“Fatal home fires frequently happen in homes without a smoke detector or with smoke detectors without working batteries,” said Mike Snyder.
Snyder of Auburn, Michigan knows firsthand the sad reality of fatal home fires. Mike first became a volunteer firefighter at the age of 16 and went on to become a fire chief for the Auburn-Williams Fire Department. As a longtime advocate for home fire safety, Mike has served as a board member of the American Red Cross of Michigan’s East Central Bay Chapter for eight years.
“The biggest myth about home fires is that you have time to get out,” said Snyder. “Home fires move quickly, and you may only have two minutes to get out before smoke, toxic gasses and heat will overwhelm you.”
That’s why the early warning provided by a smoke alarm is so important. Mike and the Red Cross recommend checking the battery of your smoke detector once a month. Many smoke detectors have a ten-year lithium battery, but regular checks of the device are important to ensure the device is working properly. This is as simple is pressing the button and hearing a sound. No sound? It’s time to replace the device.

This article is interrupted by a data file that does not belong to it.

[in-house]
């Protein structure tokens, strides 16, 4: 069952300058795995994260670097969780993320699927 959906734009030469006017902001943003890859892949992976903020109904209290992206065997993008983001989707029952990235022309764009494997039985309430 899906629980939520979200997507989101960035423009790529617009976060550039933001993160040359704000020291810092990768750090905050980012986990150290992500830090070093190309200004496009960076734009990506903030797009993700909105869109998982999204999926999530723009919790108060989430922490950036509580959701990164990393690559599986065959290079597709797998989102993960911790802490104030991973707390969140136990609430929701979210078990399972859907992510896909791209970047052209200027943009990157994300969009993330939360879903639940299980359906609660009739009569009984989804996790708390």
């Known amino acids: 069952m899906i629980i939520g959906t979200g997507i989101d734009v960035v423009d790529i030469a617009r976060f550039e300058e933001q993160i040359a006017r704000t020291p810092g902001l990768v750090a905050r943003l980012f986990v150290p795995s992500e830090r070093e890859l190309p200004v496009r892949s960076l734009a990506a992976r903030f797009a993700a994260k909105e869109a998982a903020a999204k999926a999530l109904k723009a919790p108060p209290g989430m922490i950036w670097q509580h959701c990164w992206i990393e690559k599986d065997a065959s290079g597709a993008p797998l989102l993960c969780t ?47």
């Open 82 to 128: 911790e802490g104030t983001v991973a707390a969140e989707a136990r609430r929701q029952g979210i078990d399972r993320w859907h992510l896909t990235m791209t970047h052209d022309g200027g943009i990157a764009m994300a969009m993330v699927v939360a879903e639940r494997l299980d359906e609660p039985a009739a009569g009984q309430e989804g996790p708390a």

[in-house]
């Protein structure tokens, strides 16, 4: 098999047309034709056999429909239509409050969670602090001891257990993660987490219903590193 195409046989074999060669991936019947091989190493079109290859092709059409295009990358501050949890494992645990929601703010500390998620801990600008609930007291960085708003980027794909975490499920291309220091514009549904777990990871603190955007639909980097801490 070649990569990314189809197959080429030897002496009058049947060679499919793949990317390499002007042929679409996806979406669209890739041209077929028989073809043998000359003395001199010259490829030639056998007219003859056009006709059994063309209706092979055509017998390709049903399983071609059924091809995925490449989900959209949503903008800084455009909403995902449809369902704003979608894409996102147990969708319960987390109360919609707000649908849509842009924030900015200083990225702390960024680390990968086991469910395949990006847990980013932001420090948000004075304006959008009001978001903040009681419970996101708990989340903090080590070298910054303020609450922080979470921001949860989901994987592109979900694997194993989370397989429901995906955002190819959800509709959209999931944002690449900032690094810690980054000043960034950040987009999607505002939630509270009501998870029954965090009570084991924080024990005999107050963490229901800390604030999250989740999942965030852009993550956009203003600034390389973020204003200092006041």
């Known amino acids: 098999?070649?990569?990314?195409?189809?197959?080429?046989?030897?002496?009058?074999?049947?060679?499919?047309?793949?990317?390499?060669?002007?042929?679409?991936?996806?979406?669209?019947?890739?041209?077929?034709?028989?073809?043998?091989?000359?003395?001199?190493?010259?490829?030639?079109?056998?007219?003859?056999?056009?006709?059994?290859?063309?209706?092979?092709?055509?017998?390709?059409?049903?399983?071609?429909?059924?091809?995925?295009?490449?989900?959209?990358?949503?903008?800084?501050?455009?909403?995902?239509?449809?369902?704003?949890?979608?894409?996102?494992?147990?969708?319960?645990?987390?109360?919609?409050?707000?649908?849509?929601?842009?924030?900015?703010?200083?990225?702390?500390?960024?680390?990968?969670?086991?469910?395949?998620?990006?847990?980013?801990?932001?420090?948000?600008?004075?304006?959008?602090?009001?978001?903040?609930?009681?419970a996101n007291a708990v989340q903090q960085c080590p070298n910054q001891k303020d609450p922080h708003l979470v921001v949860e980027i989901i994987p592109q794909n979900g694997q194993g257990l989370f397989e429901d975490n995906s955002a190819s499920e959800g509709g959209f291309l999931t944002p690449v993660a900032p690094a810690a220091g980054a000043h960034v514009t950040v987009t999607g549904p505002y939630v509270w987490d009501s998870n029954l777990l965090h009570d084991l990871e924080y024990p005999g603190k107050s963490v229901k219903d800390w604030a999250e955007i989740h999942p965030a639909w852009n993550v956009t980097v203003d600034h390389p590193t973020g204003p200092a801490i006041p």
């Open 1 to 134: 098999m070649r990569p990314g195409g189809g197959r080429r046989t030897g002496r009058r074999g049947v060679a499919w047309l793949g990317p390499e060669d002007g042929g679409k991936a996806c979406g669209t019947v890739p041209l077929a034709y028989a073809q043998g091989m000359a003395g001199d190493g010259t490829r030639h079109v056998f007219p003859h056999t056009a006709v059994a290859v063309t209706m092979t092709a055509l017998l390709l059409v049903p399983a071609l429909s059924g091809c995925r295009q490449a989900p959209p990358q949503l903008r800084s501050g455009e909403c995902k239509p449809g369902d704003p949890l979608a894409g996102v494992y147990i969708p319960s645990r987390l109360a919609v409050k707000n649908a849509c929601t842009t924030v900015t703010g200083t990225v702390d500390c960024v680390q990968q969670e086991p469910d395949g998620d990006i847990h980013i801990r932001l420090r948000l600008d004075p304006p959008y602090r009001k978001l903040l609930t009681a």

A smoke alarm can provide an early warning; however, having planned escape routes is also critical.
“Everyone needs to understand at least two ways out of the house and where to meet outside so you can do a head count,” he added. “Once everyone is accounted for, this allows firefighters to shift from lifesaving objectives to property conservation efforts.”
These two simple steps – testing your fire alarms monthly and planning an escape route – will help prepare your family to survive a fire. Learn more at soundthealarm.org.